The decals are nicely printed. Quality-wise, they are on par with Samuel Decal offerings. The markings are for units based on the Asteroid Pezun, where part of the Gundam Sentinel story is based on.
As a pre-order bonus, the kit comes with a small metal ring, which is supposed to go onto the tip of the grenade launcher. It looks like it can go onto the pelvis too though. It’s really small but is very nicely done. Makes me curious about Akohobby’s other metal offerings.
The Refined Barzam is a very esoteric design. It also happens to be very unique, a combination of Zeon and Federation design. The kit is also very nicely done and I’m glad I pre-ordered this.
The RGM-79SC GM Sniper Custom was developed for the ace pilots of the Federation. Performance and capability was upgraded from the standard GM to the levels of the RX-78-2 Gundam operating out of the White Base during the One Year War.
Generator output was increased for the added load the long-range beam sniper rifle produced. The beam saber was repositioned to the forearm for close combat. Additional racks were added for optional weapons and to increase the mobility, the GM Sniper Custom was upgraded with a mass of additional thrusters and verniers. Less than 50 Sniper Customs were built. Each was specifically tailored for its pilot so no two were configured the same way.
Akohobby is back again with one of their excellent plastic injection conversions. This time around, they have decided to tackle another GM variant, this time the RGM-79SC GM Sniper Custom. Like their previous Powered GM conversion, you will need a base kit to apply this kit on. The GM Sniper Custom requires Bandai’s RX-78-2 Gundam ver. One Year War (OYW) as a base.
Inside the plain brown box are 2 sprues of dark grey injection plastic and a simple A5-sized instruction sheet. The whole set is made up of 44 parts and converts the following portions of the Gundam OYW:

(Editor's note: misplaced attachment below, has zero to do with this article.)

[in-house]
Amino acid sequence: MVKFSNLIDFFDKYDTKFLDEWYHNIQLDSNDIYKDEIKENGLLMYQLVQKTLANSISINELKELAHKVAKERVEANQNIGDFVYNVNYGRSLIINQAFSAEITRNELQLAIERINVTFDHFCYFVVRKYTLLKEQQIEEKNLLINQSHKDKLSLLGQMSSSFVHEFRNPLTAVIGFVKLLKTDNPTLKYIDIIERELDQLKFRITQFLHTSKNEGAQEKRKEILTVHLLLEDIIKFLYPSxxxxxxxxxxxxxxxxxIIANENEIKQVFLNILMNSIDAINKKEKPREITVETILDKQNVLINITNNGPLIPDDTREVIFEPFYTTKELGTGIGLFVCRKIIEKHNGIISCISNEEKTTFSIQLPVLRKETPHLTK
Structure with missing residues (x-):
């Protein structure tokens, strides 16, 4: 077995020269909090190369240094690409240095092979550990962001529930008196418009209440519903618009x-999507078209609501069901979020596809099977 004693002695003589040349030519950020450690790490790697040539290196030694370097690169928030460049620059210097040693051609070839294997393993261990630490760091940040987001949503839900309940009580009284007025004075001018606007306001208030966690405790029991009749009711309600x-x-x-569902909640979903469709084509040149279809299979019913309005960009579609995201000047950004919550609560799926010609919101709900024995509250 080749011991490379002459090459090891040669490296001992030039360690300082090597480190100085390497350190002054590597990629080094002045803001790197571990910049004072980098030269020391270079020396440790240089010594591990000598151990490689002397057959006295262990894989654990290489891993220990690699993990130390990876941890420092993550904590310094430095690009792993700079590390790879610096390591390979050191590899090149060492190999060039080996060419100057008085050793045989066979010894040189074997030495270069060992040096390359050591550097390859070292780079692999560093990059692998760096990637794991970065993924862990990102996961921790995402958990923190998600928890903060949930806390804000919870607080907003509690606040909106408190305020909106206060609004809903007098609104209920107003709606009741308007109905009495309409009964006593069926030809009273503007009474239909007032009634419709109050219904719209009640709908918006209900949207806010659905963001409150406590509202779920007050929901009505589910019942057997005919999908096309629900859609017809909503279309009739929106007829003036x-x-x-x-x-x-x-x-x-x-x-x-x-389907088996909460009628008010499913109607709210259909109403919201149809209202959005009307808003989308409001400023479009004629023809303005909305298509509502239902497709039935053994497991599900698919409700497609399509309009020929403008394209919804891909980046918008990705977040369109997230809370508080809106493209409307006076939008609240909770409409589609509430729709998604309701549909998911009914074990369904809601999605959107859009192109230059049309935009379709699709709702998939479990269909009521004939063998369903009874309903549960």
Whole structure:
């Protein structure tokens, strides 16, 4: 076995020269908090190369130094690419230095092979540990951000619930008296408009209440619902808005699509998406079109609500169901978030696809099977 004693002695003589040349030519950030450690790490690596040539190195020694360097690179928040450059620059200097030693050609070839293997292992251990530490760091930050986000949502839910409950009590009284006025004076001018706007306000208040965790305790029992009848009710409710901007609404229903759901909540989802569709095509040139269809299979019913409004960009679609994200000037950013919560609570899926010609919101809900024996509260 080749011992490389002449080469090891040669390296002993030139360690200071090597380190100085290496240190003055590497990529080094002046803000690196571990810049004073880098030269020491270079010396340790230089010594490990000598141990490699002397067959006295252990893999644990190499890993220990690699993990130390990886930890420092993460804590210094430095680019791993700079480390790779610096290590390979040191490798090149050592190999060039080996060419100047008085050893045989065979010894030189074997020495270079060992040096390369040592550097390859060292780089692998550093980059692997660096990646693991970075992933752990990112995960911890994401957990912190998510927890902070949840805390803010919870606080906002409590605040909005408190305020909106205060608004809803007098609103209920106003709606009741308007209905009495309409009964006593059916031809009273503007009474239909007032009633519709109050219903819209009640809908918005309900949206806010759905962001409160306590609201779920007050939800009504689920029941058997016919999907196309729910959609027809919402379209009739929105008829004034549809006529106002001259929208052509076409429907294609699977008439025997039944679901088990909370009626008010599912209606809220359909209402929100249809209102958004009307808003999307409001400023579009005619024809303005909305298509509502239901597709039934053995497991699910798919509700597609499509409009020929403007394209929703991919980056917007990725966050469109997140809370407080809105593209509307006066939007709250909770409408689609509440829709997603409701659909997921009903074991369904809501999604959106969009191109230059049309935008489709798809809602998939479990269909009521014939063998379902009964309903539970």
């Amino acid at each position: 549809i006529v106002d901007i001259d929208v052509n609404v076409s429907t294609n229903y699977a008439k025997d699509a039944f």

The Gundam OYW is actually filled with panel details which the Akohobby replicates on their product. So once installed, they won’t look out of place compared to the original parts.
One minor complaint is the lack of clear parts for the head visor. Akohobby molds this as a solid piece like the other parts. The shape itself though, seems to be quite similar to the MG GM kit but I’m not sure if it’s possible to use the part from that kit to replace this one. But it also means you’ll throw away one kit just for the clear part.
The instruction sheet is simple enough with large diagrams showing where each part goes. The sheet also indicates the parts that are included in the base kit by shading them in dark grey. Parts in white are from the conversion kit itself. Nicely done on the part of Akohobby.
Fit seems to be OK as the kit is engineered to be snap fit like the base kit. I must add though that I had some fitting problems with my previous Powered GM build. However, a fellow modeler didn’t which meant either 1) my construction sucks or 2) my Powered GM kit was part of a 2nd or later production batch, which deteriorated the mold somehow. Anyway, I’m sure this GM Sniper Custom set is part of the 1st batch of production run so hopefully, there won’t be any fitting problems.
Using the Gundam OYW as a base means the completed GM Sniper Custom should be just as poseable which should make for an exciting build. Plus, it’s ver affordable! What more can you ask for?
The PGM-79 Powered GM variant of the RGM-79C was developed by the Federation R&D division as a testbed for an enhanced backpack that provided very powerful thrust and acceleration. With this enhancement, the legs were mounted with improved shocked absorbers.
Outwardly, the PGM-79 looks to be more heavily armored than the standard RGM-79C. However, that is not the case as the bulkiness was mainly due to the mounting of the backpack control systems and further improvements to the structure of the RGM-79C frame.
At least 3 units were tested with this modification in the Torrington base facility in Australia in UC 0083.
The Powered GM is my favorite GM variant from the Gundam universe, so needless to say, it is also the first ever Master Grade Gundam kit I did. This was also to be my first ever kit that I have extensively modified in addition to a kitbash with an aftermarket set of parts. In this case, it’s a conversion set from Akohobby.
And what an experience. Since I couldn’t leave well enough alone, I decided to modify the kit to suit my tastes. And the changes kept coming:
All in all, a very satisfying job.